Adjustments in the U.S. and Canadian breeding herds, and the staying power of U.S. pork exports and domestic pork demand, will be pivotal if U.S. producers are to eke out a profit this year.
What gives? There were supposed to be decent hog profits in 2003 and 2004.
Instead, hog prices last year only climbed into the black for brief periods and averaged about $1/cwt. in the red; 2004 receipts are expected to hover near the cost of production for much of the year.
Ron Plain, University of Missouri Extension agricultural economist, explained during a presentation at the Iowa Pork Congress that the U.S. pork industry absorbed several profit-robbing production milestones in 2003:
Commercial pork production hit 19.912 billion lb., breaking the old record of 2002 by 1.26%;
Commercial hog slaughter at 100.78 million head was the third-largest ever behind 1999 and 1998; and
Commercial pork production per hog slaughtered set a new record for the 7th consecutive year. The average dressed weight of barrows and gilts was 195 lb., 2 lb. over 2002. The average live weight for all hogs slaughtered under federal inspection, including sows, was 267 lb., 2 lb. heavier than 2002.
Fourth quarter 2003 federally inspected slaughter ended up 3.4% above 2002 and nearly 1% above the fourth quarter of 1998, pointed out Steve Meyer, president of Paragon Economics and consultant to the National Pork Board.
Remarkably, fourth quarter 2003 terminal market hog prices averaged $34.15/cwt., compared to only $19.49/cwt. in 1998, said Plain.
“Hog markets managed to avoid a repeat of the price disaster of the fall of 1998 because packers had more slaughter capacity this time around,” Plain observed.
Meyer said pork demand also contributed to holding prices up in the face of large supplies.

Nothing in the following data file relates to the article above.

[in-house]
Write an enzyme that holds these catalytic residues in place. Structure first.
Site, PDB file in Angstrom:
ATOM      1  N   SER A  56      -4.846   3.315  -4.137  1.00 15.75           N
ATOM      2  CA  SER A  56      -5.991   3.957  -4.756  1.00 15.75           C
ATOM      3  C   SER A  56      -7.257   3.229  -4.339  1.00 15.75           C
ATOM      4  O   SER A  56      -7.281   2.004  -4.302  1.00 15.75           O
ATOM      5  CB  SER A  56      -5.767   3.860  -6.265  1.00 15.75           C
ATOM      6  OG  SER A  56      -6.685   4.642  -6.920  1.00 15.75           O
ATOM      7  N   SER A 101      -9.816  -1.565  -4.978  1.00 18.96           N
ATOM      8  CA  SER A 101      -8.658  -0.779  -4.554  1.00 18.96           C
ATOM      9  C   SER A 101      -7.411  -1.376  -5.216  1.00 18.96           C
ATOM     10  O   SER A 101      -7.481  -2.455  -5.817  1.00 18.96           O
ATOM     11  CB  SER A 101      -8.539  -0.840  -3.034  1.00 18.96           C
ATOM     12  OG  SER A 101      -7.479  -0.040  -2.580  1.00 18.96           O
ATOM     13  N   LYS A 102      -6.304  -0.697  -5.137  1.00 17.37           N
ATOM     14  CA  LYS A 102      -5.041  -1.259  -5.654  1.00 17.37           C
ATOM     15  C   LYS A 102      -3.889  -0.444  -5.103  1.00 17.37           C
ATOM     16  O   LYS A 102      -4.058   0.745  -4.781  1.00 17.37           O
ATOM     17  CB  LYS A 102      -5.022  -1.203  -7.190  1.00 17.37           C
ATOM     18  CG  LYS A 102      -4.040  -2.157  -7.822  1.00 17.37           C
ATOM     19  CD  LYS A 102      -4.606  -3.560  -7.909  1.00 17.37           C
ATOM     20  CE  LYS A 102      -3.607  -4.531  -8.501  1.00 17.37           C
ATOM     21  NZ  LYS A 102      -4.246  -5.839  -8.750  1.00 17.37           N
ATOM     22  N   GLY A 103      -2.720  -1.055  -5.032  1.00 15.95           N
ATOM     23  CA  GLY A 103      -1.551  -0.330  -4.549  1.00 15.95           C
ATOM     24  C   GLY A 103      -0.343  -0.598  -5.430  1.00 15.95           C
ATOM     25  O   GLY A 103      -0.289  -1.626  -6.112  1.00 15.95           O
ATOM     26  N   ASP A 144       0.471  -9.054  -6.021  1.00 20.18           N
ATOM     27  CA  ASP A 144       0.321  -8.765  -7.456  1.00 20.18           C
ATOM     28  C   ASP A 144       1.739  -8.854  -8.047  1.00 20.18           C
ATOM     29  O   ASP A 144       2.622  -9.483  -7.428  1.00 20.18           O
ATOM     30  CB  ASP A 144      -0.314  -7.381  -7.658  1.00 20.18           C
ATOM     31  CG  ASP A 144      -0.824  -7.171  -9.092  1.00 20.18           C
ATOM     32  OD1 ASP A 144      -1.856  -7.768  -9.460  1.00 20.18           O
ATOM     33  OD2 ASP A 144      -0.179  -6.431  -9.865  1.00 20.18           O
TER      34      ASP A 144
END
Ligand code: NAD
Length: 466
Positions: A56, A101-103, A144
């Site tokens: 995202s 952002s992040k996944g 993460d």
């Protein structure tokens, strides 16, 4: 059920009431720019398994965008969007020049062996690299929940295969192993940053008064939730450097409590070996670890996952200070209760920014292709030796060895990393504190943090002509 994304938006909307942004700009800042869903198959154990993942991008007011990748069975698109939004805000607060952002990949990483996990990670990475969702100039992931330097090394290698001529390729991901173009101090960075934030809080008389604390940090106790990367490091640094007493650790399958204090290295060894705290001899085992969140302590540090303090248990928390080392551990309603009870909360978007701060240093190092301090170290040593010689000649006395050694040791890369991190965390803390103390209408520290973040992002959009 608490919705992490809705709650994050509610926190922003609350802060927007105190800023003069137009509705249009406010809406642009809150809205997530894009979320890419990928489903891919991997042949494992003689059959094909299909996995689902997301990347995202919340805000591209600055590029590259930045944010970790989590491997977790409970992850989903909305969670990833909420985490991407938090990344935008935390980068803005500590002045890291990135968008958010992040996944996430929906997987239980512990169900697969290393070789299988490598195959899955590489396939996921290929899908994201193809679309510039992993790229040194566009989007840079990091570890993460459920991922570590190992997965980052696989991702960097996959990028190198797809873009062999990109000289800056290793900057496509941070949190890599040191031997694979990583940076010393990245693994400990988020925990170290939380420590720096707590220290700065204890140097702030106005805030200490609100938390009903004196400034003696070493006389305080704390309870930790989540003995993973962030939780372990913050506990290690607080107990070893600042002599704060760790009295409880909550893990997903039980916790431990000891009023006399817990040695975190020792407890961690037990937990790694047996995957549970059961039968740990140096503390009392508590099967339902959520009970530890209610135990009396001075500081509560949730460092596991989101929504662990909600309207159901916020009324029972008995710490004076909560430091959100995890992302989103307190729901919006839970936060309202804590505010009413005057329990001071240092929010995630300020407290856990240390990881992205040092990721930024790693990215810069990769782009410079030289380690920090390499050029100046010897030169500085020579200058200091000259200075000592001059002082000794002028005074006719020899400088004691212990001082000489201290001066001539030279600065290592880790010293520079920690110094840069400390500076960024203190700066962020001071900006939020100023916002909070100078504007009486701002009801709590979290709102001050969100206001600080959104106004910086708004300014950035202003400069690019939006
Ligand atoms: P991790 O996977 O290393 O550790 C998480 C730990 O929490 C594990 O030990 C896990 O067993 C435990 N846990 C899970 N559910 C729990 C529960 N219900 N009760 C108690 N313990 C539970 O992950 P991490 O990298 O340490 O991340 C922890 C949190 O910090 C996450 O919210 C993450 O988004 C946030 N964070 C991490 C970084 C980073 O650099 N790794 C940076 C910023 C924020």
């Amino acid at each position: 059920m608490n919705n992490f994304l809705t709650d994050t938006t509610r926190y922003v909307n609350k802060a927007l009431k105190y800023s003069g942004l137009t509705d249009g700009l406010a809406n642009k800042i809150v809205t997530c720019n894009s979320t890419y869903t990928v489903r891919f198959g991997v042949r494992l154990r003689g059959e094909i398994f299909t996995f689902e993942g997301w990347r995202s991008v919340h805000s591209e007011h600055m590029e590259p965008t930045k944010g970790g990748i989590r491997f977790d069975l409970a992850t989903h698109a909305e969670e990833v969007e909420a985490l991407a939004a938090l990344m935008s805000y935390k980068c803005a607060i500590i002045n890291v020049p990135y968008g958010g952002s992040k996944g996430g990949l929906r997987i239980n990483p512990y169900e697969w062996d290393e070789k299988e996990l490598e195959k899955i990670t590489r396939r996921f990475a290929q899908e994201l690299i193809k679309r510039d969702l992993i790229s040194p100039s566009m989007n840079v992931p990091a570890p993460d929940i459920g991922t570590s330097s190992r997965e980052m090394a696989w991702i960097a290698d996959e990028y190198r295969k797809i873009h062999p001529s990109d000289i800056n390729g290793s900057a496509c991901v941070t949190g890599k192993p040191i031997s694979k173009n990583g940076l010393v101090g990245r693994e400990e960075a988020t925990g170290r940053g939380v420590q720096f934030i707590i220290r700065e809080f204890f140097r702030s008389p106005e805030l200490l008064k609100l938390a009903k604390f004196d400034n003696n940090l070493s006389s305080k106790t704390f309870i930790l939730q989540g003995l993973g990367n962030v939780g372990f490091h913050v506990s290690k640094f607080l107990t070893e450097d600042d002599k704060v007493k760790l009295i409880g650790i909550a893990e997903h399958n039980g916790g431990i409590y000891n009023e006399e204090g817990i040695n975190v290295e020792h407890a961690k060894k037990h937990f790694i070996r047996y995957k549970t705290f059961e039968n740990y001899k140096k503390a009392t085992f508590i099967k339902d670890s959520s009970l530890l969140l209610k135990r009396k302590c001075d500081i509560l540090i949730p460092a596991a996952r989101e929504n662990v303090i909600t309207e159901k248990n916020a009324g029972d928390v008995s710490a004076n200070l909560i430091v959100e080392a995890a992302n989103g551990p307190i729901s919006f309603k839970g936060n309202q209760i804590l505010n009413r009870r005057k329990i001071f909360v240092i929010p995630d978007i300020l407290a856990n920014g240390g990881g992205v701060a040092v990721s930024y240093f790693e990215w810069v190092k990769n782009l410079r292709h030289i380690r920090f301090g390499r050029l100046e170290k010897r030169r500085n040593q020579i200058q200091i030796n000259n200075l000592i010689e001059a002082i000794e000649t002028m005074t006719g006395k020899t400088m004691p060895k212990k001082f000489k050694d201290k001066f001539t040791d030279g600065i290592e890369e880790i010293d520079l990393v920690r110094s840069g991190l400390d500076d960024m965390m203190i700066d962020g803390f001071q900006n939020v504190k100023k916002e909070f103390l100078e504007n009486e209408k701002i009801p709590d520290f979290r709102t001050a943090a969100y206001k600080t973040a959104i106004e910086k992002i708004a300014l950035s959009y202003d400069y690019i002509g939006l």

And exports were on track to record a 13th consecutive record year in 2003, he says.
Changing Production Times
Plain tracked the hog cycle from 1970 to 2003. Big 20% swings in production used to be normal, whereas now, a 5% swing is huge (Figures 1, 2).
The modern structure of the pork industry makes it more difficult to shut off growth, “and we still have a lot of operations that want to grow,” he explained.
Plain stressed, “We are stabilizing production, making it easier to forecast the number of hogs we are going to kill, but it's not one bit easier to forecast price.” Productivity is growing 4% a year, he said.
Breeding Herd Shifts
Changes in the North American breeding herd reflect the difficulty of reducing numbers, said Chris Hurt, Purdue University agricultural economist. U.S. sow numbers have declined by 268,000, or 4.4%, since the start of 2000.
In contrast, Canada's sow herd has experienced a 20% growth since 2000, and has increased its hog exports to the U.S. by 3.4 million head since 1999, nearly replacing U.S. cutbacks, he pointed out.
Canada far outstrips U.S. producers in pigs/breeding animal/year, with more than 19 vs. about 16.5 for the U.S., said Plain.
Canadian hog production was 12% of what U.S. producers produced in ‘76; it grew to 29% in ‘02, stated Plain.
The size of the U.S. breeding herd was pegged at 6.0 million head on Dec. 1, 2003, down 0.8% from a year earlier. In the top 10 hog states, Oklahoma had a 9% increase, followed by a 3% jump in Minnesota and Ohio and a 1% hike in Iowa and Nebraska, he reported.
The eastern Corn Belt continues to lose breeding herds, declining by nearly 10% since 2000, while Oklahoma, Texas and Kansas added 85,000 sows in that period.
BSE Boosts Canadian Exports